Gate House, Victoria College, Frye’s undergrad residence
Here’s an article on the current state of the humanities in today’s Mail & Guardian.
Public funding of universities, especially national research strategies, now emphasise the idea of innovation, which has become a code word for quality. As a result, in both Canada and South Africa, solid academic fields in the humanities — comparative literature is a good example — are either threatened or have already fallen away. Given this thinking, it is not surprising that students and their parents came to consider higher education as a form of private investment rather than, as it once was judged, a public good.
But the old saw remains: making things happen in a university (or elsewhere, for that matter) doesn’t mean that thinking happens. The challenge for the humanities remains not to return to some “golden age” but rather to inspire students — and, quite simply, this can happen only by encouraging them to think.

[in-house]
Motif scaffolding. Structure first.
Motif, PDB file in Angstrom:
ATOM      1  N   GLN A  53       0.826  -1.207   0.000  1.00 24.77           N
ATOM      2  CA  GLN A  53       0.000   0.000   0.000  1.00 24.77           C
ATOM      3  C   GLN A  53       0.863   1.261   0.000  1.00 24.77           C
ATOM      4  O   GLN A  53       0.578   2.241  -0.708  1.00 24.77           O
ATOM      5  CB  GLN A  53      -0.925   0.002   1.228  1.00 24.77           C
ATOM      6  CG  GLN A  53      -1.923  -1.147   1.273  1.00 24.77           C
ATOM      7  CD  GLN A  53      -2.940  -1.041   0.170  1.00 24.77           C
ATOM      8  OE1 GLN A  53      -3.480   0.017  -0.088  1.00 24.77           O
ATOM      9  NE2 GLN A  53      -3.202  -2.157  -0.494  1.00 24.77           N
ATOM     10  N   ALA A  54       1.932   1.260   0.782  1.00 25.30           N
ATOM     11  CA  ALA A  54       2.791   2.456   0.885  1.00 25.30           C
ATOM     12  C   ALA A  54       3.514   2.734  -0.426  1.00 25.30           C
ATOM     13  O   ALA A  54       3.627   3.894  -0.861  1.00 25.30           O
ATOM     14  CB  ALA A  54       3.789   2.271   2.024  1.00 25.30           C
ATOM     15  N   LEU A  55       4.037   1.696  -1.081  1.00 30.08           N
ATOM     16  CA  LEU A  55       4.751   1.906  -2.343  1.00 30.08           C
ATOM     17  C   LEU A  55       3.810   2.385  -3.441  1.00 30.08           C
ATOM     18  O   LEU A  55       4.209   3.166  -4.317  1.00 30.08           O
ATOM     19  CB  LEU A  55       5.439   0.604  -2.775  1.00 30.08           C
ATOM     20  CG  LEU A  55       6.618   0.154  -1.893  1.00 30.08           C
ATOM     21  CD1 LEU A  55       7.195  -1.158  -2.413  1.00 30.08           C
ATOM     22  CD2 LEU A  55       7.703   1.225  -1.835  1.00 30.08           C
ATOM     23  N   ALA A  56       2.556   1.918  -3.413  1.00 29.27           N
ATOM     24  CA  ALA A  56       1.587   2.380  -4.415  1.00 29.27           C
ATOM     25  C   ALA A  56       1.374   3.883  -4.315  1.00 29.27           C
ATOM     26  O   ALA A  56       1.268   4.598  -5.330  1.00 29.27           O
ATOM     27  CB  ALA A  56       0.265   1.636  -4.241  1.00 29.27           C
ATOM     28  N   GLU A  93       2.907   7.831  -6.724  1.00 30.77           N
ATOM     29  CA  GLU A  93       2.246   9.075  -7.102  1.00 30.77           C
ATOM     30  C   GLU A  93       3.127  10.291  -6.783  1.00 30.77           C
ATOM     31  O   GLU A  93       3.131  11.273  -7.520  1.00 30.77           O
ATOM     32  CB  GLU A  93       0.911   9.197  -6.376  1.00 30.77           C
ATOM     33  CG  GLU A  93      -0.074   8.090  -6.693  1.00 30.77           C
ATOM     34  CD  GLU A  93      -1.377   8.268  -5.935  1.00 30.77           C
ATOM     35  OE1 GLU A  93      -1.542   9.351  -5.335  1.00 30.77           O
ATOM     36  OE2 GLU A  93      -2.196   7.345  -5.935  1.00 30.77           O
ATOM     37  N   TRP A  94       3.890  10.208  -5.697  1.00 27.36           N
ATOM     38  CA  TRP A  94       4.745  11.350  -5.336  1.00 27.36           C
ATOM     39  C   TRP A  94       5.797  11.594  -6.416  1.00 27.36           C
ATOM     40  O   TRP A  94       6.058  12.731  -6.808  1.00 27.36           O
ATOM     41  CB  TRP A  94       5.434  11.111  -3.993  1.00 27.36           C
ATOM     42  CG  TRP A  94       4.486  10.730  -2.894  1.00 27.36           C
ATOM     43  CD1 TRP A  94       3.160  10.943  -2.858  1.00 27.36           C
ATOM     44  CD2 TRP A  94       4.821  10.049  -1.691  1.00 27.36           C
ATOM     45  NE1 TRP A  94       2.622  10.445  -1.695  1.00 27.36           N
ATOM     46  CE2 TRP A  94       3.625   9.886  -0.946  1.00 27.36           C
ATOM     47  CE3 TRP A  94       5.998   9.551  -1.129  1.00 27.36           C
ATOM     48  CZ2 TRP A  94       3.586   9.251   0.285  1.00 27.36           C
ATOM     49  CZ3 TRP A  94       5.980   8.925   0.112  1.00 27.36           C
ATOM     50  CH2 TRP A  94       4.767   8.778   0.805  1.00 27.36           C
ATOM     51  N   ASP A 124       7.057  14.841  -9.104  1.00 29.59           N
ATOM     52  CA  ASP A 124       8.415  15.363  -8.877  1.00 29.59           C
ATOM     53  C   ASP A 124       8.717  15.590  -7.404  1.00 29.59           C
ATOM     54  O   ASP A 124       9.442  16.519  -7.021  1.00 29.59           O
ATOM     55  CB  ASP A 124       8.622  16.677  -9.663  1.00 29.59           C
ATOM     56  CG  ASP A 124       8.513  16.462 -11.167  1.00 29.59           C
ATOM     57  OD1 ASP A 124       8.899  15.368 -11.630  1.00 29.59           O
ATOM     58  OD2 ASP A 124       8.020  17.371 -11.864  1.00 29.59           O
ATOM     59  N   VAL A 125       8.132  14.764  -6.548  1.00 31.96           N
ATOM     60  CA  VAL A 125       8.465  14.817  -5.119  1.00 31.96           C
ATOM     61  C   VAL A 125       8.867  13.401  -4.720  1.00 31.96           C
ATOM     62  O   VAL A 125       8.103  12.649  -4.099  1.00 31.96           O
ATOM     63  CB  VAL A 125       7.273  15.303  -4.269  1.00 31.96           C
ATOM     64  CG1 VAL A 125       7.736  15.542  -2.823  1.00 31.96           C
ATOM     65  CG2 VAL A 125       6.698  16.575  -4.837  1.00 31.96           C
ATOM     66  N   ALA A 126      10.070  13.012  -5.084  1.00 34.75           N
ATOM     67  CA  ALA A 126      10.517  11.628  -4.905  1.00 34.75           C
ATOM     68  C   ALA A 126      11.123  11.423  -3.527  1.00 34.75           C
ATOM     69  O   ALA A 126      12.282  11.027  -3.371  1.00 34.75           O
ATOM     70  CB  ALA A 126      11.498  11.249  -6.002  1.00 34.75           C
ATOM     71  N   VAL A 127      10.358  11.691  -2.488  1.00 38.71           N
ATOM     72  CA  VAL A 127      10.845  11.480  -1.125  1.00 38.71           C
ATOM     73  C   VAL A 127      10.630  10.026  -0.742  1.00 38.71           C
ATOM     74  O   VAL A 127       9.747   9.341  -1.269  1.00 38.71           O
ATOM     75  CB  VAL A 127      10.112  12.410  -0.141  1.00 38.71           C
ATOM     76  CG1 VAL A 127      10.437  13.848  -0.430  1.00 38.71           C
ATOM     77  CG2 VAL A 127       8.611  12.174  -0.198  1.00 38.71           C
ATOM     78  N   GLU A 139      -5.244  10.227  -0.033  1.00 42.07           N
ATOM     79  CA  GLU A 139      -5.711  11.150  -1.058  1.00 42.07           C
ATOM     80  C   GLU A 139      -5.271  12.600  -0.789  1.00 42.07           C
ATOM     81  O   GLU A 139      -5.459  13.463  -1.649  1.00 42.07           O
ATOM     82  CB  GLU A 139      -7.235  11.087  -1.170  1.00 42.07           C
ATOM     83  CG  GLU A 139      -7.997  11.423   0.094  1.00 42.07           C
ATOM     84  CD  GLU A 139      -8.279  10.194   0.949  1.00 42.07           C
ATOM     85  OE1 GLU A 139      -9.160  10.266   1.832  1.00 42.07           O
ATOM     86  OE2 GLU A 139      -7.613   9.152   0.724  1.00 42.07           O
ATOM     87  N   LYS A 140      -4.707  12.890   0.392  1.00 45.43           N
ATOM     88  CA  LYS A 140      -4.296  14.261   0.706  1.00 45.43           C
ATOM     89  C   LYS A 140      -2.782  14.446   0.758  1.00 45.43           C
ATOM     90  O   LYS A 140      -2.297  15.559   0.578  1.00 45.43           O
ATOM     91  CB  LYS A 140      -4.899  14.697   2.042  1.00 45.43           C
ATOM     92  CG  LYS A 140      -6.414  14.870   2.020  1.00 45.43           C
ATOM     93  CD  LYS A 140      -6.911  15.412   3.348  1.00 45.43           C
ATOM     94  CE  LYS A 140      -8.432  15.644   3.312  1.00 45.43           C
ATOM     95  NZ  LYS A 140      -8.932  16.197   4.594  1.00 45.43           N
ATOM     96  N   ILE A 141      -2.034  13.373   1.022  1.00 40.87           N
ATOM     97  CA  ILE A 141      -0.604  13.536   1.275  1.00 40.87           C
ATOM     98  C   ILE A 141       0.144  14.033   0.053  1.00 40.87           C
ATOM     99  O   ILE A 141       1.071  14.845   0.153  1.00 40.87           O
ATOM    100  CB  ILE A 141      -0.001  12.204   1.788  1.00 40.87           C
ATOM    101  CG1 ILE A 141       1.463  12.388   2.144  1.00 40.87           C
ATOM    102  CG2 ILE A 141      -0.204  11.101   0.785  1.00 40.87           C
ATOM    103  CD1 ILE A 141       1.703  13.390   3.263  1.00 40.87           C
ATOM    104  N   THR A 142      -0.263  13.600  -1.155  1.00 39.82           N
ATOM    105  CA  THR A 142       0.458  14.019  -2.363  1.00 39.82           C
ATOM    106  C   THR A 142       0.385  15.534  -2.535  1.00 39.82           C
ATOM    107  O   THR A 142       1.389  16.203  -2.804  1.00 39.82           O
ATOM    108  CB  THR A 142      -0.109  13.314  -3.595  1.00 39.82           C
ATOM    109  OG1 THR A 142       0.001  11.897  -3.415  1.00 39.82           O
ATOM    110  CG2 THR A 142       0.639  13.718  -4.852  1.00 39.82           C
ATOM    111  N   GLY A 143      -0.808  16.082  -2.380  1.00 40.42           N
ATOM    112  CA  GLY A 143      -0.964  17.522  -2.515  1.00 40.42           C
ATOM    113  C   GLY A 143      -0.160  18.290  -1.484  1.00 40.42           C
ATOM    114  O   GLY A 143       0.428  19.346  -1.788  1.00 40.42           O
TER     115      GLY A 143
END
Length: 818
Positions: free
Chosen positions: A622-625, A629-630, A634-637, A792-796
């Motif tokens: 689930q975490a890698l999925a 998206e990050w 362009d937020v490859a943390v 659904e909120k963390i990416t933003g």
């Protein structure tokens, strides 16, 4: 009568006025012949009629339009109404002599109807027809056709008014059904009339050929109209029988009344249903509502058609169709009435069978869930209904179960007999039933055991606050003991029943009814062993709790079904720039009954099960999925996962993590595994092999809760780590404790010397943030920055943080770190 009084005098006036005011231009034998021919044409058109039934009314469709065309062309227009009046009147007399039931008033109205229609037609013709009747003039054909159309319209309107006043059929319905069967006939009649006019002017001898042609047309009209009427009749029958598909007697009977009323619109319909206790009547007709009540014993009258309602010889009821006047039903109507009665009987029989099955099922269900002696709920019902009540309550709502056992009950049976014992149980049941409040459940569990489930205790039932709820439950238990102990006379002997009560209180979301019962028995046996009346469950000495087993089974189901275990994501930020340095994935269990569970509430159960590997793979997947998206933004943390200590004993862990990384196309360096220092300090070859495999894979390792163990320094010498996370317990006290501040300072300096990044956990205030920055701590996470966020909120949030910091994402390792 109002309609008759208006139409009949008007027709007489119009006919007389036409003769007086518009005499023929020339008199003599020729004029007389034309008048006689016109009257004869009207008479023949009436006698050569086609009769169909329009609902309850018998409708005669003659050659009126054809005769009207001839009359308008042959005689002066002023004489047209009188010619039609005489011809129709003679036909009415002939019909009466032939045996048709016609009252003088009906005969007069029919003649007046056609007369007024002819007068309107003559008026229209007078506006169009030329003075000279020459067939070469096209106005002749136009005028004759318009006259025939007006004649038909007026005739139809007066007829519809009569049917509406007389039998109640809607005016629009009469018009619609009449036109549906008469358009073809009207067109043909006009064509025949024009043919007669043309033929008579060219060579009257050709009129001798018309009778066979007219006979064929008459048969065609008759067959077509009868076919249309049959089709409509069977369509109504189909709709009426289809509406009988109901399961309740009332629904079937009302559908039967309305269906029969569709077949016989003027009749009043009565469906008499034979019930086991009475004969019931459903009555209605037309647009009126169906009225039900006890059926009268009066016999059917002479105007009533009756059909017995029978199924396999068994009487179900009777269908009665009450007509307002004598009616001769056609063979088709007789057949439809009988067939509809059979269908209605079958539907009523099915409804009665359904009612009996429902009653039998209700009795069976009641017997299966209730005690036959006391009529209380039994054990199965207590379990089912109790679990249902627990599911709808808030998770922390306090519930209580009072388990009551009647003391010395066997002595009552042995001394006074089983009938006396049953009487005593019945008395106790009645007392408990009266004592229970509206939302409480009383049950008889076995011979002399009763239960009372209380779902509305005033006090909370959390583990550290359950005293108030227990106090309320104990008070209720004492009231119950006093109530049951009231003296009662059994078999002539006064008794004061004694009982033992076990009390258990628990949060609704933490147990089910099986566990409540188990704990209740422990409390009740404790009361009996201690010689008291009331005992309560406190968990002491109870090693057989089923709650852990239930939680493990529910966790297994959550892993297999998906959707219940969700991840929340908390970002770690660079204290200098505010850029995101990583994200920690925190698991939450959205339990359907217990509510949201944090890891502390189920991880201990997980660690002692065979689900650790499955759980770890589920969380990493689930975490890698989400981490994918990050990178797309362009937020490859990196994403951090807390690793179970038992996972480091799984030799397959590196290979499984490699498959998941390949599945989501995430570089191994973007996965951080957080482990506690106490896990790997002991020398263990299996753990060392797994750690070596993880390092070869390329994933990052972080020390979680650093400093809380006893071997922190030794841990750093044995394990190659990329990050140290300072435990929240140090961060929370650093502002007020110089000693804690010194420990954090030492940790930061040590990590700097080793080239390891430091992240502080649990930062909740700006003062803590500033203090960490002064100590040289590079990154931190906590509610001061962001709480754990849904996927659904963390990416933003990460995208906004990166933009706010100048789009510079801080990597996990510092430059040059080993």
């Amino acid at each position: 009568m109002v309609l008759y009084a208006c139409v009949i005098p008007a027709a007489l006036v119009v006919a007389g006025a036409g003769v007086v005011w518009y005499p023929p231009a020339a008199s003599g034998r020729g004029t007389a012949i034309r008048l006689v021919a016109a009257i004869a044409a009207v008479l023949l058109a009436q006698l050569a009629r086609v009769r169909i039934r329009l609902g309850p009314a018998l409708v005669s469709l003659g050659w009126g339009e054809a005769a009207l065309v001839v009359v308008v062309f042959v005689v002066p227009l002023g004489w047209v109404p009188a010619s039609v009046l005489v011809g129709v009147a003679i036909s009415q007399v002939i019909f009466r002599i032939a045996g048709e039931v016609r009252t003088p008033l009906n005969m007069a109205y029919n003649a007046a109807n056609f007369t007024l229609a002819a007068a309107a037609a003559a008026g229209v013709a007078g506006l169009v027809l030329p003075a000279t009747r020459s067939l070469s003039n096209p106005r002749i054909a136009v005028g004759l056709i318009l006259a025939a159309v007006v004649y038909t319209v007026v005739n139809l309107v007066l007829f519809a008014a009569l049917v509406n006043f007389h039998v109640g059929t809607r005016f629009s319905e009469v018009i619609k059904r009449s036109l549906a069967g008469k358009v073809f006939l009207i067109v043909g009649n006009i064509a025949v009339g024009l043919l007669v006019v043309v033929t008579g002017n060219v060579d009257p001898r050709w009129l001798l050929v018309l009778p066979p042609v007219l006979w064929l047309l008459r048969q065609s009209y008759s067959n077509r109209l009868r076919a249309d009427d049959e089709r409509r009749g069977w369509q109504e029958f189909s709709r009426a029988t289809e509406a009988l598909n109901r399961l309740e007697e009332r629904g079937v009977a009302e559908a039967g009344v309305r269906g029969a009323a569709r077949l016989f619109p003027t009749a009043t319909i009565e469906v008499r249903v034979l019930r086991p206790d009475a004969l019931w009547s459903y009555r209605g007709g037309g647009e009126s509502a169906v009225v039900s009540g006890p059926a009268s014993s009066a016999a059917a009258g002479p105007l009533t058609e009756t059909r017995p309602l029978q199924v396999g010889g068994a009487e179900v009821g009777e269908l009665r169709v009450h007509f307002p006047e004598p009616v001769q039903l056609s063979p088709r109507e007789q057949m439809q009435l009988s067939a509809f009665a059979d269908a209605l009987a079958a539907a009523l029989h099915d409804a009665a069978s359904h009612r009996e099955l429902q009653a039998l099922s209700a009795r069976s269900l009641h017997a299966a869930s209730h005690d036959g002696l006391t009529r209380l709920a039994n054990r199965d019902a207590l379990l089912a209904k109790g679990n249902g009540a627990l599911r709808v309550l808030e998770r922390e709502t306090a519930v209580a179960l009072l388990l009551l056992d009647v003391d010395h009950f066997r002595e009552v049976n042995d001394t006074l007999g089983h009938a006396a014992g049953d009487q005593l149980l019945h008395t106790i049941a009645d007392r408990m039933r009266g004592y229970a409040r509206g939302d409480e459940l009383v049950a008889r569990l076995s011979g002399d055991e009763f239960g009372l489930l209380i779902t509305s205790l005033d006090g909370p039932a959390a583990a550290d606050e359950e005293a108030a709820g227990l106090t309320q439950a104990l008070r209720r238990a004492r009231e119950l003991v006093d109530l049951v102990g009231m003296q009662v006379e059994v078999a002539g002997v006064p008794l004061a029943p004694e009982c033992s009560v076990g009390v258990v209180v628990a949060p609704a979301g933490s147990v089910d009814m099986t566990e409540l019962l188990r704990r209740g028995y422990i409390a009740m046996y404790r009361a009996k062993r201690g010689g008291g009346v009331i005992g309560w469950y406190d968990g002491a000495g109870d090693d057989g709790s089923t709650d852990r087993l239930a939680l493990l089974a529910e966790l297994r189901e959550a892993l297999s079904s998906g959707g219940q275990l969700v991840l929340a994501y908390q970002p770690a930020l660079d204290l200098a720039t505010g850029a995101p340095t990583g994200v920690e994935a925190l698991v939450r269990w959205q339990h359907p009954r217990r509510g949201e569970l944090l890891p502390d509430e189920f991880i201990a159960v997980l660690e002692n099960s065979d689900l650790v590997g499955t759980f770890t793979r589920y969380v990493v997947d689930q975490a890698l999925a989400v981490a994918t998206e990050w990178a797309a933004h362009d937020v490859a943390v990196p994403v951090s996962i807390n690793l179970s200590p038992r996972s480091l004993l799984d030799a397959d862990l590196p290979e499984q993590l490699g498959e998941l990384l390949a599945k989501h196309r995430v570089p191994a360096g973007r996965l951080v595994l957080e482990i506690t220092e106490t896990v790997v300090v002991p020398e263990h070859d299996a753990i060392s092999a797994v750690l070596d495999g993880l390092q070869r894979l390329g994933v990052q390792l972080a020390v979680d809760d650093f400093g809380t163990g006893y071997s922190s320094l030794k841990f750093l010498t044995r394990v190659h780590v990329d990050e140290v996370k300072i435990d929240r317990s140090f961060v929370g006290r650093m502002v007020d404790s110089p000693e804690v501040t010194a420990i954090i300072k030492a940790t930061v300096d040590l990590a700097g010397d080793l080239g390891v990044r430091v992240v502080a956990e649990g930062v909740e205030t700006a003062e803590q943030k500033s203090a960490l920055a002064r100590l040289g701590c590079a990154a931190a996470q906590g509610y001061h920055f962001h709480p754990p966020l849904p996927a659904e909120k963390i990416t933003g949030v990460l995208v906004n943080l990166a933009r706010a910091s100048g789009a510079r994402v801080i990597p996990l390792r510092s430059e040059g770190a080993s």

Frye in conversation with David Cayley:
The university is the source of authority in society. It’s the only one there is that I can see. But, of course, by authority I mean spiritual authority, the kind that doesn’t give orders. . . The university is where you go to learn about an authority that is not externally applied. It doesn’t tell you to do this or that. (CW 24, 989)